Blimey how time flies, was it really 4 years ago that Ava Inferi made the surprise decision to bow out at seemingly the top of their game? It would appear so and after 4 excellent albums it was certainly a loss to their fans if not for them as they made the statement that the group had run its course and they needed “to break out and get the joy and inspiration back into our music.” There was talk about a new project emerging from the principle cast within Ave Inferi and now finally Rune Eriksen and Carmen Susana Simões are musically back together. Do not go expecting more of the same though, Earth Electric have a different charge entirely from the more gothic and ethereal flow of Ava Inferi. In fact pressing play the first time here and not knowing quite what to expect Vol1: Solar came as quite a big surprise and I’m pleased to say one that swiftly turned to delight. Having plugged into the album a lot over the last week or so and felt the songs energize me (and that’s quite enough power puns) it’s like having an old friend back after they have done some serious thinking and decided to turn their life completely around. I guess that was the goal here too, so job done in this respect.

Having fleshed ideas out with members of Dragonforce and Doro’s band the group took on new players to formulate their debut. I noticed one of them is from Portuguese grind group Grog who are also being reviewed by another writer at this moment and a drummer from Jibóia and Papaya. One of the most notable elements within their sound though is due to the addition of English keyboard player Daniel Knight from the group Messenger and he could well provide clues that determine the heavily progressive style of this new group. Yep this is very “prog” within a framework of some classic rock greats but don’t let that necessarily put you off. It’s quickly evident that this is not self-indulgent prog allowed to take off, waft and meander All over the place, it’s punchy and hard-hitting stuff with a real spark and immediacy about it. Songs are short and fiery, with an average playing time of around the 4 minute mark.

‘Mountains & Conquerors’ weighs in with drums bouncing and heavy melodic keys taking you right back to the 70’s but there’s a snarly jagged snare like tension from the guitars illustrating the urgency about it all. That voice sweeps in like it’s never been away, Carmen’s tones instantly identifiable and we are literally taking in a smorgasbord of delights as the song twists and turns away finishing all too quickly after just a few minutes but already leaving a crater sized mark. I get the impression this would be great drive time music as we fork off down ‘The Endless Road.’ The vocals have that siren call about them and are completely enchanting the musicianship with plenty of throttle about it travelling on a well- controlled path not without serious flourishes of drama from the atmospheric and at times pompous sounding retro keyboards. There’s a real classic sound to things that as defined in the PR blurb should drag Deep Purple fans kicking into the modern age. Drums crunch, crash and bristle into the upbeat, fast and furious ‘Meditate, Mediate’ which sees things getting frantic before mellowing completely as the vocals wash over things. The two atmospheres combine together perfectly as a guitar solo fragrantly spirals away.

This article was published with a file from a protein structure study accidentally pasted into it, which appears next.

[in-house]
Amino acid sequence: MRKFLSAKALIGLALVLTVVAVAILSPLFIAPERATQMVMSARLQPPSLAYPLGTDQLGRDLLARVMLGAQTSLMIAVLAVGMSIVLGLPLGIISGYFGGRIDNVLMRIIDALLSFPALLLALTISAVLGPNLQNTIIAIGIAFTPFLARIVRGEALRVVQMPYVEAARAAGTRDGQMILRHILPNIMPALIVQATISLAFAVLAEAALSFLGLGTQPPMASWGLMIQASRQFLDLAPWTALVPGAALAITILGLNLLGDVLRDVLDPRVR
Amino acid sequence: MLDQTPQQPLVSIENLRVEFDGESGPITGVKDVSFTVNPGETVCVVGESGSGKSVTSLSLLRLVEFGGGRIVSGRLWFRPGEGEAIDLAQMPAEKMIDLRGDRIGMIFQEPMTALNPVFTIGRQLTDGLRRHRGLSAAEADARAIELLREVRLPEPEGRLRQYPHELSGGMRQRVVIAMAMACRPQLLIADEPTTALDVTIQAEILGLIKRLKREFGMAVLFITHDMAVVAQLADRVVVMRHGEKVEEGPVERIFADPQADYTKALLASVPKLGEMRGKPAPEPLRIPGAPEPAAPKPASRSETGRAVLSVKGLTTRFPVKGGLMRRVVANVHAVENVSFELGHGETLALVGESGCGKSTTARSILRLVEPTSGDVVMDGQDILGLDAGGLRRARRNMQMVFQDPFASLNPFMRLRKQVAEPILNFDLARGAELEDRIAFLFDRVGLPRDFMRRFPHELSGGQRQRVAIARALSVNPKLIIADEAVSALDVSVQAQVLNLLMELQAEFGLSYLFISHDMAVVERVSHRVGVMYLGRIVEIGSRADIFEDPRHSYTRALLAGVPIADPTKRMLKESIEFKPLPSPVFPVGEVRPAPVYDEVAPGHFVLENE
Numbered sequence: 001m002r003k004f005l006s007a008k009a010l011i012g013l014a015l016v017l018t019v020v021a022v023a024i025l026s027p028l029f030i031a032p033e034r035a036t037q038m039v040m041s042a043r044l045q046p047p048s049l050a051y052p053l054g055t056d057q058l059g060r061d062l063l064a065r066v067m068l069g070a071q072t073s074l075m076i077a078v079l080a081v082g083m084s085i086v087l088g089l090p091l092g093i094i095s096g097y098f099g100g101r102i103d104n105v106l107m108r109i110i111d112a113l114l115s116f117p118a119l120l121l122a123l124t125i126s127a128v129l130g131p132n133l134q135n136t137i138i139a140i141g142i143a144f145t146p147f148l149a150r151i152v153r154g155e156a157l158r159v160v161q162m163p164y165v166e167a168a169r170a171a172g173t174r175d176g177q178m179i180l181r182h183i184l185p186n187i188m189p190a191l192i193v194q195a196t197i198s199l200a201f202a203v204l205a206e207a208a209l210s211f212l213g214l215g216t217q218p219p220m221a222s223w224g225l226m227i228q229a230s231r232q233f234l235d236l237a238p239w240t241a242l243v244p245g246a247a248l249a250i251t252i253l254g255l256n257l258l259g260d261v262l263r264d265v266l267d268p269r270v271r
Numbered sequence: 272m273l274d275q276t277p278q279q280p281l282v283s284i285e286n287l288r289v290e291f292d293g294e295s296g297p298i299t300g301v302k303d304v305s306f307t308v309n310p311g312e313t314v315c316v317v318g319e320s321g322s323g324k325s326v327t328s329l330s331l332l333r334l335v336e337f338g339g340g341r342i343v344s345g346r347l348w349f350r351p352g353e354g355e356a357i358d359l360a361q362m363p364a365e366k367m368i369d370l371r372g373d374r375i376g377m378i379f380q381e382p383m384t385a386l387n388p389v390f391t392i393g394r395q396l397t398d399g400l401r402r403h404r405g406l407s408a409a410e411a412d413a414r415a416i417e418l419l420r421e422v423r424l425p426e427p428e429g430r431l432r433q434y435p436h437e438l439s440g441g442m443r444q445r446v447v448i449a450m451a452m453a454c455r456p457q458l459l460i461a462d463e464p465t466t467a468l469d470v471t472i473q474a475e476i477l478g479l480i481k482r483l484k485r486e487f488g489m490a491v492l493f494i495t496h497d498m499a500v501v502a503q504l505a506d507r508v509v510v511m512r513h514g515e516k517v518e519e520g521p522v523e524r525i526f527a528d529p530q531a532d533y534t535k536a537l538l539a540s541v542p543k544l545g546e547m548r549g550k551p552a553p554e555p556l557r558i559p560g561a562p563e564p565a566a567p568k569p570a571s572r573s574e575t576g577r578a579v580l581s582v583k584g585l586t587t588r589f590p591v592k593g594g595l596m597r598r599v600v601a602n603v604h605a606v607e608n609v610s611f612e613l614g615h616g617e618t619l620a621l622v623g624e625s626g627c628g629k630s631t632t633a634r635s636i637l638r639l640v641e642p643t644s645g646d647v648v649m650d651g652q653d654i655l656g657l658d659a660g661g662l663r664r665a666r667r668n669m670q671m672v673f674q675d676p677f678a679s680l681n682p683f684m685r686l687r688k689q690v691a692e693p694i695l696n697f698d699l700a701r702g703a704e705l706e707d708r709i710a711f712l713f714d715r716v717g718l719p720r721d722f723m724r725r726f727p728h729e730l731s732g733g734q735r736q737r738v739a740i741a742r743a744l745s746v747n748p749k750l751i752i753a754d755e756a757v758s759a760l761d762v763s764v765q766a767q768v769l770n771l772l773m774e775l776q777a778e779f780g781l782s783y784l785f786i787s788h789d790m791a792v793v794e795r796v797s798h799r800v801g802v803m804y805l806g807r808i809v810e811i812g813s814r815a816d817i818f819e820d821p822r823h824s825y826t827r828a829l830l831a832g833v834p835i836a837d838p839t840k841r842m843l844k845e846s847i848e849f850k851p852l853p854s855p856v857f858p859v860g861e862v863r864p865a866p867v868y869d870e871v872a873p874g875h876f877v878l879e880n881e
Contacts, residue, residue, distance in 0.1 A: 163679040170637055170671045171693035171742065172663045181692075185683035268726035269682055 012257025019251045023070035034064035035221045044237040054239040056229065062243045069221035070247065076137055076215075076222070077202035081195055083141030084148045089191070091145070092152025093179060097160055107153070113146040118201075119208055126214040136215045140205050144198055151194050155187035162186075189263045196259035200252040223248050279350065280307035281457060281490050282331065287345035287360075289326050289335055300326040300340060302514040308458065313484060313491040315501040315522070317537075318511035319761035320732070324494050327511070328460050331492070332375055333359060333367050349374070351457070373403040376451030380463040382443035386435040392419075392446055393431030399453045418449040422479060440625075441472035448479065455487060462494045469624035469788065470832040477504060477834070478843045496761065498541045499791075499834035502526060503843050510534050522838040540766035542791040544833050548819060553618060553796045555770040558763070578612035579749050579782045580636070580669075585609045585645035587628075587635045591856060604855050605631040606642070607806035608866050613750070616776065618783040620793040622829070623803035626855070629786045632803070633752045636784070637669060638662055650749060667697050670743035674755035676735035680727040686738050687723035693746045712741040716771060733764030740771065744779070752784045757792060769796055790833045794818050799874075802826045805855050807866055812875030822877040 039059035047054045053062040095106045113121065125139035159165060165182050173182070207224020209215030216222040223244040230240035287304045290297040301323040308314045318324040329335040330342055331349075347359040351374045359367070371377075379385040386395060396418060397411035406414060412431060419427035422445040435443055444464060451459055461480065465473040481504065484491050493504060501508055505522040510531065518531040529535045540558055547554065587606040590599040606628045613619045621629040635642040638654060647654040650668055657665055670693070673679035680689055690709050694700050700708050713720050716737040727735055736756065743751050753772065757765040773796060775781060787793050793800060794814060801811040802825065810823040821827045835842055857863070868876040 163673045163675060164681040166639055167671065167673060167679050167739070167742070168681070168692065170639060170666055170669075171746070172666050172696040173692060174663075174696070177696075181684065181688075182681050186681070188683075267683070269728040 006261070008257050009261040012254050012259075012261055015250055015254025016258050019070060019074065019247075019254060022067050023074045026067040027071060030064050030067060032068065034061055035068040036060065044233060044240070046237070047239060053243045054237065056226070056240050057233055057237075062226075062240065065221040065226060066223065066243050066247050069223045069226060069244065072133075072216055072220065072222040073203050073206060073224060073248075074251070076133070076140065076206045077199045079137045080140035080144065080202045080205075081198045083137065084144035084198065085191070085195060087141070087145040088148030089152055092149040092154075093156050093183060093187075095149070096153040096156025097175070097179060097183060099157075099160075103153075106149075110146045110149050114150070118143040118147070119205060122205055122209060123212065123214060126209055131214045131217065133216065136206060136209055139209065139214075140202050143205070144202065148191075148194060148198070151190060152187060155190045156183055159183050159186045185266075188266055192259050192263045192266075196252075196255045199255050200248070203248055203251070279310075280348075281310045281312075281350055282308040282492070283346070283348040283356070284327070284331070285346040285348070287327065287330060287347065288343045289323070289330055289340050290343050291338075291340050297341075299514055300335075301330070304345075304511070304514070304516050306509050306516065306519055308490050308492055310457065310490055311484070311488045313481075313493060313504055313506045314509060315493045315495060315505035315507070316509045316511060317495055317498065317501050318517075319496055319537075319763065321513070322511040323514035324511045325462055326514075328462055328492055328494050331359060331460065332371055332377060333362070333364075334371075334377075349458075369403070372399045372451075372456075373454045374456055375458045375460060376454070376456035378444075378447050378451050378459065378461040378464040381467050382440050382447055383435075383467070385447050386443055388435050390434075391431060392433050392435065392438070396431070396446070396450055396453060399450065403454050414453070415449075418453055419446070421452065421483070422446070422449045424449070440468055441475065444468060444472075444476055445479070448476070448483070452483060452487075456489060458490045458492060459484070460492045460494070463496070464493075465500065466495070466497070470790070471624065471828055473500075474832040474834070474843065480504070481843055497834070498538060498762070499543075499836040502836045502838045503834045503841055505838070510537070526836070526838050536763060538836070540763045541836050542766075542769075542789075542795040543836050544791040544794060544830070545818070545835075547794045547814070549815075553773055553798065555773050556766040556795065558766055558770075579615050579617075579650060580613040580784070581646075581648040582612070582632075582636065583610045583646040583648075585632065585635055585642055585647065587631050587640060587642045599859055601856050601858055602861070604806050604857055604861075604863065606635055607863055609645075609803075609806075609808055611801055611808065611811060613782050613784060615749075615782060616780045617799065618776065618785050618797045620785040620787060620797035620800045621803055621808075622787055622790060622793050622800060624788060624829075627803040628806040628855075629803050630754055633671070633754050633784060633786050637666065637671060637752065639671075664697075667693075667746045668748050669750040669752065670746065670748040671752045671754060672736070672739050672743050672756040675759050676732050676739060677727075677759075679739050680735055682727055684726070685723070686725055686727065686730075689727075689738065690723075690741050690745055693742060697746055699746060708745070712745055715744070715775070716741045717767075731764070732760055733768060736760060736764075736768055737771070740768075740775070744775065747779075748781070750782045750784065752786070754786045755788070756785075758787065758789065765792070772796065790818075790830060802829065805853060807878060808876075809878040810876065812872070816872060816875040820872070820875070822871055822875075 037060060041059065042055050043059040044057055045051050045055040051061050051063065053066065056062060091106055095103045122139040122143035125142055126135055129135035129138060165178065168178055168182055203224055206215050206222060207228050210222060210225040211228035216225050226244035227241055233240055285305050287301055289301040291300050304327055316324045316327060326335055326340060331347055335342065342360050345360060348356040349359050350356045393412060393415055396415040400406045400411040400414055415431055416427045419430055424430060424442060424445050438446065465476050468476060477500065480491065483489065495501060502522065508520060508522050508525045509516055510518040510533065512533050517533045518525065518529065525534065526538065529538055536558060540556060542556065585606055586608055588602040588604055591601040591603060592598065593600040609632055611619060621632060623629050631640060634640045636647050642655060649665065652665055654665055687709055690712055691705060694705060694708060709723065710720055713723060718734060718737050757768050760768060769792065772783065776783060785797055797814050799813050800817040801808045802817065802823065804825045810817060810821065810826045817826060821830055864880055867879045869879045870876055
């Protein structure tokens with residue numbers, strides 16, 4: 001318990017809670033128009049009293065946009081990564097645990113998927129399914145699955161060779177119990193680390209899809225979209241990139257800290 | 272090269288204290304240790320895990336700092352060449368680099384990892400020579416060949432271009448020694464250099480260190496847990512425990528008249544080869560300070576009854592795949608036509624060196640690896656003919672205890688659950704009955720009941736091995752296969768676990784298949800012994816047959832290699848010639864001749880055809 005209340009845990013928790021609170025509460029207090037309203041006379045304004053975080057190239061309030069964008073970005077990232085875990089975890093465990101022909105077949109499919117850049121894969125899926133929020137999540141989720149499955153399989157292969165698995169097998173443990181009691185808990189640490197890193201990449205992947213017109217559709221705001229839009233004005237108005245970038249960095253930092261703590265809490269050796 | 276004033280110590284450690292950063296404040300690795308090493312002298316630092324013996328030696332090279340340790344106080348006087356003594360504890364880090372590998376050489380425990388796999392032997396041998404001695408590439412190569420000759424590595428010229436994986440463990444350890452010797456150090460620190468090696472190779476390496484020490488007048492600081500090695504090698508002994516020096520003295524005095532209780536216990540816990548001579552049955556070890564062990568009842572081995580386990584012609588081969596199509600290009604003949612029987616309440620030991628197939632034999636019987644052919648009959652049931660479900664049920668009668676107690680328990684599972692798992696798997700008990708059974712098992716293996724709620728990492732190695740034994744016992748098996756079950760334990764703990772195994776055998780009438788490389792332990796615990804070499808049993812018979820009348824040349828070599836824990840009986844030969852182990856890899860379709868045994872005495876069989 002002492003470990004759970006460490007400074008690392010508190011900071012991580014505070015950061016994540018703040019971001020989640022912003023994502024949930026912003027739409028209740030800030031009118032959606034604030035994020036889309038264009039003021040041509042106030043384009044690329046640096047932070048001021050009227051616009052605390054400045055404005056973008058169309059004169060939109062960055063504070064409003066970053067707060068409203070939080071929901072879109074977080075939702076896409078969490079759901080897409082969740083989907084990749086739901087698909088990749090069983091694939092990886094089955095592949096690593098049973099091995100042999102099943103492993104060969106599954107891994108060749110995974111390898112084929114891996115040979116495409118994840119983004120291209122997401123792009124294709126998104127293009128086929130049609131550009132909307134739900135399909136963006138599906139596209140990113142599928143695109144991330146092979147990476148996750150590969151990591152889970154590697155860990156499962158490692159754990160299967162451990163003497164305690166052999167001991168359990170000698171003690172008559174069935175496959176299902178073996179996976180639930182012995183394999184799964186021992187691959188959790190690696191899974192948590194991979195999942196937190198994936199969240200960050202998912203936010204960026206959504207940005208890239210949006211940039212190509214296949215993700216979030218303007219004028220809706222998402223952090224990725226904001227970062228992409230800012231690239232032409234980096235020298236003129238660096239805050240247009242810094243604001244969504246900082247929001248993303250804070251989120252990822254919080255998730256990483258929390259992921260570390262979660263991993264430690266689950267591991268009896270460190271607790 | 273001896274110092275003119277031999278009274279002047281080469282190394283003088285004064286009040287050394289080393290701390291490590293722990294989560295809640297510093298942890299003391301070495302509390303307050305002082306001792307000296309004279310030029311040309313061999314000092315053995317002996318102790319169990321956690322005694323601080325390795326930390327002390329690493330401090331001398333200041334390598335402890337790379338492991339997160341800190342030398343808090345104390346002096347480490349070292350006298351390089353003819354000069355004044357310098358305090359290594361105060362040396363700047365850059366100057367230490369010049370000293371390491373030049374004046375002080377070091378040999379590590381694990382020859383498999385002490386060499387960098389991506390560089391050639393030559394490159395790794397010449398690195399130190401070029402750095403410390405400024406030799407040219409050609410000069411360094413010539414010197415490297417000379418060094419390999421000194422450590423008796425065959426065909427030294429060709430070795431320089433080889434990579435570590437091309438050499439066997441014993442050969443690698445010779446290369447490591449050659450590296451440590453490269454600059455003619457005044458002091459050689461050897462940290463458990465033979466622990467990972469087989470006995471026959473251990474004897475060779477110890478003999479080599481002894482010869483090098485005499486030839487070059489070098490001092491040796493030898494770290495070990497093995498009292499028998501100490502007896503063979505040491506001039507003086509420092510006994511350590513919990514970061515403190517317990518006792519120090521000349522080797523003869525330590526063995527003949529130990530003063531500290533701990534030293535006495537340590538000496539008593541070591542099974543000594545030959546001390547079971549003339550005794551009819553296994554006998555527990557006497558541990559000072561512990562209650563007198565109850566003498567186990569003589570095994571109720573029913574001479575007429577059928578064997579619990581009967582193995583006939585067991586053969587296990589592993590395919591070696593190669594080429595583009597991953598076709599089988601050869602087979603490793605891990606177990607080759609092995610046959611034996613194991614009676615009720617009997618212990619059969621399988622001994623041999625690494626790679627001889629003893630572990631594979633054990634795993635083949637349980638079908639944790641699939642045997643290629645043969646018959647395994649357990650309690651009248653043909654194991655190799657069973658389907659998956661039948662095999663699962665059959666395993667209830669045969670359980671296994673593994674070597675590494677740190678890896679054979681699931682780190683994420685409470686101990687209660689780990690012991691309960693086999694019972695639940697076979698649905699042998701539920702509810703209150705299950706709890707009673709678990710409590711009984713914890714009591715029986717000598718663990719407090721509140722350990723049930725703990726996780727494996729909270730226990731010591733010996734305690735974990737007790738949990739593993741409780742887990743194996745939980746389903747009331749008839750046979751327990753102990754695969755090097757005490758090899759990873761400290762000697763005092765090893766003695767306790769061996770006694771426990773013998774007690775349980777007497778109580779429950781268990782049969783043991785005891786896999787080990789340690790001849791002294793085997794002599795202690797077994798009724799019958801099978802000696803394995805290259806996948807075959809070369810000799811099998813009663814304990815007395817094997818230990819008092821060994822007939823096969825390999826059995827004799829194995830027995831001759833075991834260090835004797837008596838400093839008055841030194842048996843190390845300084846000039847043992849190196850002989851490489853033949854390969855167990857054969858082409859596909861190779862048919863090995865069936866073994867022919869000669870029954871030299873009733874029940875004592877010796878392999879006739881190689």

There are a couple of tracks such as ‘The Great Vast’ that engage with gloomy guitar lines that are reminiscent of Rune’s previous long-running time with Mayhem. They send shivers down the spine before the music moves in an entirely different direction. Wispy organ sounding tones stalk around with the guitar cadence stabbing slowly like something out of an Italian horror film but just as the killer is about to strike it downs tools and the dramatic ‘Set Sail (Towards The Sun)’ chorally takes into a sudden short frantic cavalcade full of drama. Here the vocals reach a near operatic yet graceful peak along with the clamouring keyboards and although only a couple of minutes there’s a massive sound about it paving the way perfectly into the title track. Nirvana is hit with everything flowing along in a seamless fashion, vocals like sweet birdsong and the players literally jousting off each other in a totally natural and organic way. Obviously by this point I am envisaging the prospect of seeing the band co-ordinating this live, it’s taken them four years to get this far and I am sure the hunger is there. I’m willing to wait patiently and can see them fitting in nicely with a whole host of artists from small to large on tour. Festivals like the sadly missed High Voltage or even Rambling Man would be perfect to be honest. It’s been a journey for some of the band members that’s for sure and I can’t be the only one making comparisons as one of them who has gone from playing ‘Freezing Moon’ to a ‘Sabbatical’ one. There is a slight surprise at the end of this album in the form of ‘Sweet Soul Gathering.’ It sounds like it could well be an old traditional hymnal or a song from the times of slavery day and I hate to mention Zeal And Ardor especially as they have a legacy that goes back to a myriad of older artists but… yeah it kind of is quite reminiscent.

So a cracking debut and hopefully this will be a band with a bright future ahead of them. I’m already looking forward to Vol 2!

(8.5/10 Pete Woods)